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Good Doggie. Training Tips – Sit. Treat. Repeat

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Good Doggie. Training Tips

Owning a dog is a big commitment. In most domestic urban households, the discipline of twice-per-day walks is non-negotiable. It’s you and your dog out there in public, in all kinds of weather. And whether or not it is always apparent, it’s the owner who has to be in charge. On city sidewalks, crowded intersections, public parks… you are legally and morally responsible for your pet’s actions. So listen in to this episode for some interesting insights into dog training and the importance of setting your dog up for success.

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Things we do for Pets

Sit. Treat. Repeat.

Do you ever sit on the bench at your favourite off-leash park, watching your own dog run amok, and wonder why all the other dogs are so obedient? Why is it that they come when their pet parent calls? How come they don’t jump up and try to lick the face of every man, woman and child in the park? And what’s with that show-off Border Collie sitting patiently with a Milkbone on his nose, waiting for the “ok” to eat it?

Good doggie, training tips: Dog owners of all breeds and sizes should invest in training. Thus, they will have well-behaved and happier pets inside and outside the house.
Dogs with tutors at obedience class (Photo by Ian Allenden|

Why can’t my dog be like that?

Well guess what… chances are good that your little Ruffmeister could behave like that, too. The difference may lie simply in some basic training. It’s usually a small investment that will pay long-term dividends.

You may recall a podcast series we published back in the Spring of 2021 called Career Journeys.


🐶 E4: Converting a passion for dogs into a viable career 🐶

In that series, we met Fernando Silva, a hospitality manager who immigrated from Brazil to British Columbia. When job opportunities in his profession were few and far between, he decided to follow his passion and applied his entrepreneurship to build a thriving business as the Brazilian Dog Guru. The rest is history.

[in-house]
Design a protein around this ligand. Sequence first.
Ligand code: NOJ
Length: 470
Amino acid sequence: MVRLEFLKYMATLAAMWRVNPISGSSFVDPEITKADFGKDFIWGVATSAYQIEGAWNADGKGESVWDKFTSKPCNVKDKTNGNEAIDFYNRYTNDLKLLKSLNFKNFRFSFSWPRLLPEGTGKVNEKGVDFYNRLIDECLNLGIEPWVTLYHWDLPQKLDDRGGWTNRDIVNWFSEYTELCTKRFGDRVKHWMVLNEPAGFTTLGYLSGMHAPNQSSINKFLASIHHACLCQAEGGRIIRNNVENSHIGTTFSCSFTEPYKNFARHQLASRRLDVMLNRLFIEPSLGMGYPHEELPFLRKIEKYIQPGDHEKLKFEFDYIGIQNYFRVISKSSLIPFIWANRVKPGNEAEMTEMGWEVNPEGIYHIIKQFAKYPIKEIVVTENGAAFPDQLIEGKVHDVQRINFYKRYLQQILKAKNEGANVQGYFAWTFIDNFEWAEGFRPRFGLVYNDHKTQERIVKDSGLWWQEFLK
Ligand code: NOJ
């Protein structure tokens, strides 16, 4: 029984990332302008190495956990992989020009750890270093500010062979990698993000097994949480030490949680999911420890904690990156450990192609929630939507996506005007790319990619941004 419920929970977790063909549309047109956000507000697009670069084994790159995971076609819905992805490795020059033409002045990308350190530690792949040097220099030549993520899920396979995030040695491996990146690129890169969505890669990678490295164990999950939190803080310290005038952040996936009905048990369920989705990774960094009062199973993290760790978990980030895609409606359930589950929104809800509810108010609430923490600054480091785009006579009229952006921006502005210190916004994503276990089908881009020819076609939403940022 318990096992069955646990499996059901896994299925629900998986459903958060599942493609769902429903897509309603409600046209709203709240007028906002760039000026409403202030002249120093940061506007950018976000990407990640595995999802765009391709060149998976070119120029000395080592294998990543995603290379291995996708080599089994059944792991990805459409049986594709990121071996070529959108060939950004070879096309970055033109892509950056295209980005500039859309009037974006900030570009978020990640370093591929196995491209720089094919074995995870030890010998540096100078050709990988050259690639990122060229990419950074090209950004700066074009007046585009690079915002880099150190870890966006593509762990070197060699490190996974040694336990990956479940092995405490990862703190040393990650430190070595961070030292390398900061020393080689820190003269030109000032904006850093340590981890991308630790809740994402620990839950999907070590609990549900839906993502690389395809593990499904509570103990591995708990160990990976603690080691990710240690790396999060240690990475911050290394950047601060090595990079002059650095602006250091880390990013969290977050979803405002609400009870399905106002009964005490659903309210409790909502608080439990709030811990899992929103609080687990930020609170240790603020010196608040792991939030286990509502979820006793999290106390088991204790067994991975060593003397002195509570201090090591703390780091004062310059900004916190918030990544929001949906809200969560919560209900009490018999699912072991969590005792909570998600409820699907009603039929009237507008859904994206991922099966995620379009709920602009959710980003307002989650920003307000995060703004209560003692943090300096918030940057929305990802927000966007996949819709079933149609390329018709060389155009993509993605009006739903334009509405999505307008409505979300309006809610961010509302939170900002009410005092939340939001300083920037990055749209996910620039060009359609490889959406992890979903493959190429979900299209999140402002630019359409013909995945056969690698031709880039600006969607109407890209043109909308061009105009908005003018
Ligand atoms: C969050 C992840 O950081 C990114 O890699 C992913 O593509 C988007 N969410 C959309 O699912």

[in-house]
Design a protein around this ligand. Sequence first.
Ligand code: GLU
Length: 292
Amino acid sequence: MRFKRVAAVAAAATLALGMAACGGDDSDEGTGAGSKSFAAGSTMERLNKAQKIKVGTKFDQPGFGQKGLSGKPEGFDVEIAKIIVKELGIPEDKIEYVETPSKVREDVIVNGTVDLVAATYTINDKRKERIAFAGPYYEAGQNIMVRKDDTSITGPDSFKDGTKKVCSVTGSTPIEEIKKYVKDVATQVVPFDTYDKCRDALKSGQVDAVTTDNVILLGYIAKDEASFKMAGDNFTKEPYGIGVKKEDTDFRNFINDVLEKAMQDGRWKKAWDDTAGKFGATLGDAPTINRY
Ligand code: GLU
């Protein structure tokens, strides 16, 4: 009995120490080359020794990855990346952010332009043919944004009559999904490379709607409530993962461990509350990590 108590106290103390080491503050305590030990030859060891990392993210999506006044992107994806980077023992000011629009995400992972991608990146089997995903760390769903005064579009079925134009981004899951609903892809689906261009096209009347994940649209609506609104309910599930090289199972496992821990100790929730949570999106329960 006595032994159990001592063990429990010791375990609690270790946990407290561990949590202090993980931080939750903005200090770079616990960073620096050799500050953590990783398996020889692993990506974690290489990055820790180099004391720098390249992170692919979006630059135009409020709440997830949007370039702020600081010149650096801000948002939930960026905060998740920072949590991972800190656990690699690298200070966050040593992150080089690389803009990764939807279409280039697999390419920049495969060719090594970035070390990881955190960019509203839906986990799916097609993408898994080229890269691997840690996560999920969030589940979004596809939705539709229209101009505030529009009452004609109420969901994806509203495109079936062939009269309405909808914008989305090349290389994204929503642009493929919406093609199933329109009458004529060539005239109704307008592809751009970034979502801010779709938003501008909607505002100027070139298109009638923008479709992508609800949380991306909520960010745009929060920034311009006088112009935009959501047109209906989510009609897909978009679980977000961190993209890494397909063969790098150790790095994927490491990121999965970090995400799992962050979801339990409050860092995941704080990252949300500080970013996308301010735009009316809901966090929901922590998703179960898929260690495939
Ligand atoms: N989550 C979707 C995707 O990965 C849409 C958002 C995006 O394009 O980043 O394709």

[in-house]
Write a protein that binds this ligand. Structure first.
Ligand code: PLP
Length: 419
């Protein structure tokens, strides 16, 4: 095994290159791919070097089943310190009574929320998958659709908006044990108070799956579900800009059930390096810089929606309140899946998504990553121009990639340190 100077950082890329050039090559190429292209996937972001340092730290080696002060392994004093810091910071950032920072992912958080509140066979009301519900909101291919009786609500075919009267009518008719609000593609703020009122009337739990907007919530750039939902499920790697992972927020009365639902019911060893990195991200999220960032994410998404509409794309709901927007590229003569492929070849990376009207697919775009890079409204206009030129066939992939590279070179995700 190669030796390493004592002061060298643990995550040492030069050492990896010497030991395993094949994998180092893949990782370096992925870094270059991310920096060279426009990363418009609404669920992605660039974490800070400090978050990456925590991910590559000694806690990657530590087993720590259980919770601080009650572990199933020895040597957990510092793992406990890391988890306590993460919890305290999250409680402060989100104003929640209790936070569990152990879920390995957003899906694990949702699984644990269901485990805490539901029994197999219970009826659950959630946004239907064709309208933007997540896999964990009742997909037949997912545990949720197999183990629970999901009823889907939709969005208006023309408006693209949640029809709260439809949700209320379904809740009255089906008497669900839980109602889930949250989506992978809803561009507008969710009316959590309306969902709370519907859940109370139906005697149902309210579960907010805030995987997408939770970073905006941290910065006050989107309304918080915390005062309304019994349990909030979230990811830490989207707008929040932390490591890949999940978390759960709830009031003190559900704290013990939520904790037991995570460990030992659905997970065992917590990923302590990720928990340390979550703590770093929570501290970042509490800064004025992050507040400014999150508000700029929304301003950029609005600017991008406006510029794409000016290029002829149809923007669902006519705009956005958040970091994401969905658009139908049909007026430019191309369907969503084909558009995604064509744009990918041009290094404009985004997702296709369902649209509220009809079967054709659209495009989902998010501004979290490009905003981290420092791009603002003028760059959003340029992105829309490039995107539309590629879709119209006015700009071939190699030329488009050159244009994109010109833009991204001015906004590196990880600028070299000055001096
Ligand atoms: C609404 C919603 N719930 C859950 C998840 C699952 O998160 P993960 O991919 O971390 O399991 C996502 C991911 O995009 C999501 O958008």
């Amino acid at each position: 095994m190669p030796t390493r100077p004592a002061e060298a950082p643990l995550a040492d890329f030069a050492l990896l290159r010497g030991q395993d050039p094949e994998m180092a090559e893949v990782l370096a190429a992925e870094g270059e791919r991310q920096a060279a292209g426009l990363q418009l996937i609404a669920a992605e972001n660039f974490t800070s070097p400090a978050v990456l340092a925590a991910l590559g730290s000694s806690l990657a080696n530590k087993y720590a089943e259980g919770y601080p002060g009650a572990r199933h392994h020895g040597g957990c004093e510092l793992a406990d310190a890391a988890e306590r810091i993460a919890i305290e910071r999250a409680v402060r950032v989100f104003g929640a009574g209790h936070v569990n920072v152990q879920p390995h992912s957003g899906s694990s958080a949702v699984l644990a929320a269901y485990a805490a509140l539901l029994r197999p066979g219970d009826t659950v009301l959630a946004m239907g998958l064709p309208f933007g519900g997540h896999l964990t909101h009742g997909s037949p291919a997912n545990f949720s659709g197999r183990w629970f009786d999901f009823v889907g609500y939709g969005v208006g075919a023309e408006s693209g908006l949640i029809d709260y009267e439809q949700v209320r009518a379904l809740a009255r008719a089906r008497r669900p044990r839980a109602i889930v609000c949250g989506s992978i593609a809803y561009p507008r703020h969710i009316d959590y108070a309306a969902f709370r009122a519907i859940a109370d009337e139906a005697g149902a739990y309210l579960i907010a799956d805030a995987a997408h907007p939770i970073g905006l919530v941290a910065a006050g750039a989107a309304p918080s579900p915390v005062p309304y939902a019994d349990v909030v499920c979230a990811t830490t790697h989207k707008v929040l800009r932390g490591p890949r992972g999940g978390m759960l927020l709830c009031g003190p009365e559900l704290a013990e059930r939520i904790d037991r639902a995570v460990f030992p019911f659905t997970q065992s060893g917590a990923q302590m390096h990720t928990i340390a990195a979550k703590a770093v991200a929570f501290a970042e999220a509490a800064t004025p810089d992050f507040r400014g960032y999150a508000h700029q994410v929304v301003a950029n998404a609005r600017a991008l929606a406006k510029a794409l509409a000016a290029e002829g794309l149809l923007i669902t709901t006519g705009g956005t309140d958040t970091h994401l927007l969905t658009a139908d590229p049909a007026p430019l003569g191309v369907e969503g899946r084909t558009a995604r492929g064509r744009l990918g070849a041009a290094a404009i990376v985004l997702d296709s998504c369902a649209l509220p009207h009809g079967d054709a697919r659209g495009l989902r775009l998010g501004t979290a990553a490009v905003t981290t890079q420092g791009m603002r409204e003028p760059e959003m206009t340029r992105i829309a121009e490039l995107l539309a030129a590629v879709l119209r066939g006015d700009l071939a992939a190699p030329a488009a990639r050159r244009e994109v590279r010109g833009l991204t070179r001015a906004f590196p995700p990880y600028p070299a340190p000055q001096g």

So naturally, in researching this article, we reached out to Fernando for his wisdom and words of advice. The Brazilian Dog Guru gave us some very interesting insights and tips that we will share today.

Good Doggie! Interesting Insights Training Tips

One of the most frequent questions he gets from pet parents is “When is a good time to enrol my dog in a training program?” Fernando surprised us with his answer.

1. you should start before you even have a dog!

Before you adopt, rescue or buy a pet, Fernando actually recommends an in-home consultation to understand your goals, needs and lifestyle. Why are you thinking of getting a dog?

  • Are you looking for a companion around the house, or a co-adventurer to enjoy hikes and outdoor activities? 🐶
  • Maybe you’re hoping that your dog will protect you and your home. 🐶
  • Or perhaps you have children who need entertainment or need to learn about sharing and responsibility. 🐶

It’s a decision that is bigger than just looks or the cuteness factor. You should understand what different types of dogs are bred for and how they are likely to instinctively behave. While this information may be generally available online or from the dog seller, it’s a good idea to seek the insight of an objective third-party professional. The Humane Society shelters overflow with owners who tried to fit a square dog into a round hole. Doesn’t end well.